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COLOUR GENETICS - B locus

The B locus determines what colour the dark pigment will be. Black or Brown. Black [ B ] is the default. A gene mutation causes the pigment to be made brown [ b ] instead of black. This affects the coat colour as well as eye colour and leather. The term "leather" includes nose, eye rims, lips and pads. Order of dominance is BB > Bb > bb. In Havanese, the brown dog is called chocolate. Brown [ bb ] cannot have any black pigment anywhere including eyes and nose. Brown can appear as the dark coat in any mixed dark/light coat, so there may be Chocolate Brindles, Chocolate Sables and Chocolate & Tans. If there is a chance meeting of two recessives [ bb ] and [ ee ], clear dogs with liver pigment may result. Remember. Phenotype is what you see and genotype is the possible genetic codes behind it.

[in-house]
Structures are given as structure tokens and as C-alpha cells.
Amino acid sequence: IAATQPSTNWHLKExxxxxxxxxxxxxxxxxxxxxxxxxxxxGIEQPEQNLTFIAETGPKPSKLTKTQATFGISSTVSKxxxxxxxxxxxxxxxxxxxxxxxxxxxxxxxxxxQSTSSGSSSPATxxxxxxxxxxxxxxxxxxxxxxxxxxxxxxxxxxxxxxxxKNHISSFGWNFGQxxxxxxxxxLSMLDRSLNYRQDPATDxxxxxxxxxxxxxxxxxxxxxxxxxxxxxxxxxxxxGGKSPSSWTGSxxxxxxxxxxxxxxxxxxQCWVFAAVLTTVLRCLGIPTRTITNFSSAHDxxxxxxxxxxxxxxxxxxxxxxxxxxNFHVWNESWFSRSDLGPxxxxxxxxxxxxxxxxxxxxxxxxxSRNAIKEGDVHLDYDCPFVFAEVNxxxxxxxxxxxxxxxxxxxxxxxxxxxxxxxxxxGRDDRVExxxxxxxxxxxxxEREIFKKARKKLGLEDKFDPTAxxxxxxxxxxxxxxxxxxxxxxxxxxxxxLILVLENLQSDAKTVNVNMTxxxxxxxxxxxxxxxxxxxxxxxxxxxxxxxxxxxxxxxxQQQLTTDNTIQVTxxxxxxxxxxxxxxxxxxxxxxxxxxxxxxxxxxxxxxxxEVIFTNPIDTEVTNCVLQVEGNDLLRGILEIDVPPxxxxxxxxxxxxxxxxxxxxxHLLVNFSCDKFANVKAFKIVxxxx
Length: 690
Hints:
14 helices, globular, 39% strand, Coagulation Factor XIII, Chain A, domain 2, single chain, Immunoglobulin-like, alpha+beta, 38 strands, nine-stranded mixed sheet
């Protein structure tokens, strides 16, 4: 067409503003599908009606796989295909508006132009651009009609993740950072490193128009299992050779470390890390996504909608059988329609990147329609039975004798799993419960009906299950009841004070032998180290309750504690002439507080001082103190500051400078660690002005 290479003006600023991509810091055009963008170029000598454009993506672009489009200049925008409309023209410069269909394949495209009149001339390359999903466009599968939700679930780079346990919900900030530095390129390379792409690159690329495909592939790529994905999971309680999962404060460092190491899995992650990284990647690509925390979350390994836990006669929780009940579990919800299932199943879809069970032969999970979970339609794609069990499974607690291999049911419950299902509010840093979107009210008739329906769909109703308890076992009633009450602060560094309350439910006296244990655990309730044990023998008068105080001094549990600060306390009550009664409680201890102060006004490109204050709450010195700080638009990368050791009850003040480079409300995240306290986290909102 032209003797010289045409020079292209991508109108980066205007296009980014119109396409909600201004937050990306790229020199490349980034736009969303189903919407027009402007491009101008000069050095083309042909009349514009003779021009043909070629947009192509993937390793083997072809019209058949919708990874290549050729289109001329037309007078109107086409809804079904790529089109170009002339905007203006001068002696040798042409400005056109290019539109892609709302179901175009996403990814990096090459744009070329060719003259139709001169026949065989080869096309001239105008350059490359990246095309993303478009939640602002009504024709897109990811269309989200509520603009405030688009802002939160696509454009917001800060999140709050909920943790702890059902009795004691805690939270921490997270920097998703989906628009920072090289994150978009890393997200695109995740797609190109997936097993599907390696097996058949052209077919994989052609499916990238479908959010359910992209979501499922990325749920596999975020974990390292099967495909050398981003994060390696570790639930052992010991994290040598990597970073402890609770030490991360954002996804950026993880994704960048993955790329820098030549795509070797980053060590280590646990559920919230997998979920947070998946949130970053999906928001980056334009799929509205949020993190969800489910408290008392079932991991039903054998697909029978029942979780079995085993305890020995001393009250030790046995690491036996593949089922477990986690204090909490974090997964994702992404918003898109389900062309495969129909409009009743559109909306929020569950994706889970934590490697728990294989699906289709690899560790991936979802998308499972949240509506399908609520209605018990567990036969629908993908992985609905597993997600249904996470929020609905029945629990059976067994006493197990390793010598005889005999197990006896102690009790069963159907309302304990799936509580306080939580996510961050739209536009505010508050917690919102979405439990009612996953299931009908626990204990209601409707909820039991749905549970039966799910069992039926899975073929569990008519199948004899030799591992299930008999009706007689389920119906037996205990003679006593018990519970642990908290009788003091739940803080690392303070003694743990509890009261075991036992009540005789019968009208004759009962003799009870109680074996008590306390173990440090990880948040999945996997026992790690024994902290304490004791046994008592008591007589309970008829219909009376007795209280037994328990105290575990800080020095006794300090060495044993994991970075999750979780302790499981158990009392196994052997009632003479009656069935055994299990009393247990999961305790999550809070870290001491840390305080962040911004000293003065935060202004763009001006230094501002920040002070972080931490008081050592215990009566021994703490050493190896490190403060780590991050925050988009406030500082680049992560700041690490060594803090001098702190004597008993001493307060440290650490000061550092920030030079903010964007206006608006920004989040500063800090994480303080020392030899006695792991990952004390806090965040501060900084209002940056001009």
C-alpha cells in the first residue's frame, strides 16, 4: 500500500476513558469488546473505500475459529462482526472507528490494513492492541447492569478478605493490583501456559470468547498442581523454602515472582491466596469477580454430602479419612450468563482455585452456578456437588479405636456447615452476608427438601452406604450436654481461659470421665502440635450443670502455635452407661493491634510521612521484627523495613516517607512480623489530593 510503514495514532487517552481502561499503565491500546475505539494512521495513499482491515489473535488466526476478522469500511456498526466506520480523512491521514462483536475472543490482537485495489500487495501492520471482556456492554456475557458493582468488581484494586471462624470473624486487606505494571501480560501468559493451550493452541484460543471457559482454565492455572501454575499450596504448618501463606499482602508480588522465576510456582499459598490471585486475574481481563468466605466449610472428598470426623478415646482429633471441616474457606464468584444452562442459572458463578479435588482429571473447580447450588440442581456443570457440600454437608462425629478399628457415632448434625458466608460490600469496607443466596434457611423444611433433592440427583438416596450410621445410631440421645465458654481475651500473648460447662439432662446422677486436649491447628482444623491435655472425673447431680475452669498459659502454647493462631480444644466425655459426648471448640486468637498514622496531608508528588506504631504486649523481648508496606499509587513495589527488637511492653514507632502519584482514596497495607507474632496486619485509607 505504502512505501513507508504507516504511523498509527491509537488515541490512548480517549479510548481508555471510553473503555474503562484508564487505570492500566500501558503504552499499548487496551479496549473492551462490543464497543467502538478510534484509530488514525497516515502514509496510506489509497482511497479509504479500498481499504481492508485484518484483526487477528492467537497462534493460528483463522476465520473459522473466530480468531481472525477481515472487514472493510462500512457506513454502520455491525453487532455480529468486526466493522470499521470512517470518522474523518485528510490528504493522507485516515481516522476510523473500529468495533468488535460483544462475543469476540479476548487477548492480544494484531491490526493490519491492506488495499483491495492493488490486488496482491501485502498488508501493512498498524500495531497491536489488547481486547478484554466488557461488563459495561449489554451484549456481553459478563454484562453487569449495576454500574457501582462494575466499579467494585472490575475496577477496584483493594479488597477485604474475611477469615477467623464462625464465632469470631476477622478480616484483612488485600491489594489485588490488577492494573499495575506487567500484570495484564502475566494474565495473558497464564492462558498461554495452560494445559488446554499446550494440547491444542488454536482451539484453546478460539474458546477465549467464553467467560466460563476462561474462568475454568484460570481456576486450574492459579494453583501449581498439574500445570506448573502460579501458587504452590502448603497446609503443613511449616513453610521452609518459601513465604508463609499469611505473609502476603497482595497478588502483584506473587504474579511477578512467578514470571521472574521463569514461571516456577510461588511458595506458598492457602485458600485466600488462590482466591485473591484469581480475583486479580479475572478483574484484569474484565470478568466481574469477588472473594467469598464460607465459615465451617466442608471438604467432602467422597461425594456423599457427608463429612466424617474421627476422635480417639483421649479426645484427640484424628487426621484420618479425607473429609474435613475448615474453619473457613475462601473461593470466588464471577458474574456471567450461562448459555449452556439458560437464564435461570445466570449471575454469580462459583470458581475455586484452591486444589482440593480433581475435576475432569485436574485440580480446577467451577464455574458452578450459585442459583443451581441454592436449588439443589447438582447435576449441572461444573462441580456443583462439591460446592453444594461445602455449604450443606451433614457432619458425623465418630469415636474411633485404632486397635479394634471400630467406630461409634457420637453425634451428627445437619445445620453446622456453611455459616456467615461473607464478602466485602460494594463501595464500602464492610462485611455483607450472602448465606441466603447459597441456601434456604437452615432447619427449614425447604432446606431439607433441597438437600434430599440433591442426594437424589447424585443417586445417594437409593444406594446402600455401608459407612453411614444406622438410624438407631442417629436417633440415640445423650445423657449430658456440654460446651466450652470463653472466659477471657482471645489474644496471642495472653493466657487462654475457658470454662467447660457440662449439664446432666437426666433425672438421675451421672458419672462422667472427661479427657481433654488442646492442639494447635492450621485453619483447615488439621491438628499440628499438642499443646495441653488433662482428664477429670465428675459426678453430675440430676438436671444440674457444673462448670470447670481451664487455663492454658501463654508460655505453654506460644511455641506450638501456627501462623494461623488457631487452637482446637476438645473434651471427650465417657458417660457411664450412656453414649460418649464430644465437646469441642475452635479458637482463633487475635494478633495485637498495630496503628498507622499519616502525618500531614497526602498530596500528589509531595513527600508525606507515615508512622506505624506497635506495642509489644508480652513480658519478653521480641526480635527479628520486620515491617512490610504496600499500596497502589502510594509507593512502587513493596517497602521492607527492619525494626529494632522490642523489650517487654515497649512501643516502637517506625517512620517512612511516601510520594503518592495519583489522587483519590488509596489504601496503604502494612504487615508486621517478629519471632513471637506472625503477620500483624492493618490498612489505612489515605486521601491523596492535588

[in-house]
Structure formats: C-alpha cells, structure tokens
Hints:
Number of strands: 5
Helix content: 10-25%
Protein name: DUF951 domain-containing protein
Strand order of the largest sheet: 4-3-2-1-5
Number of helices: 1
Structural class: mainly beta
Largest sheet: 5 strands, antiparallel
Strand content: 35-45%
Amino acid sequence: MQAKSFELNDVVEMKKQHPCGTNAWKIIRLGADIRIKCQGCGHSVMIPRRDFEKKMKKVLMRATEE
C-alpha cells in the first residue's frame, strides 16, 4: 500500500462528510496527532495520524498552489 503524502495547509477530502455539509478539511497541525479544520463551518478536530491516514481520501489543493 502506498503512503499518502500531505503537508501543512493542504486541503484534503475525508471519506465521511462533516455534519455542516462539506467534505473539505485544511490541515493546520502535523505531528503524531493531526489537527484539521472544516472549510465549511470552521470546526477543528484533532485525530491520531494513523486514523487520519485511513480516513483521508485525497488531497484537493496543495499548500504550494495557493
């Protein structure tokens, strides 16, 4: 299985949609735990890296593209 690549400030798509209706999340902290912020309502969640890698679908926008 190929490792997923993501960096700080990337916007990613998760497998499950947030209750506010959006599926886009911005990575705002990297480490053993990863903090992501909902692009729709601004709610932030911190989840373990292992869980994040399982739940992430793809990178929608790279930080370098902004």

dog displays black [B] BLACK: The dog carries either one copy or two copies of the dominant B allele. The dog will have a black-based coat. If he carries both the dominant and recessive copies of the B allele, then he will have black-based coat, but carry (hidden) the allele for the brown coat.
Phenotype - dog displays a black based coat
Genotype - [ BB ] or [ Bb ]

dog displays brown[bb] BROWN: Brown is recessive to black and can only be expressed where there are two copies of the recessive gene (bb). A brown dog does not carry the capacity to make black at all. The brown gene affects the colour of the leather and eyes as well. The nose and pads will be brown and the eyes may be lighter coloured.
Phenotype - dog displays brown
Genotype - [ bb ]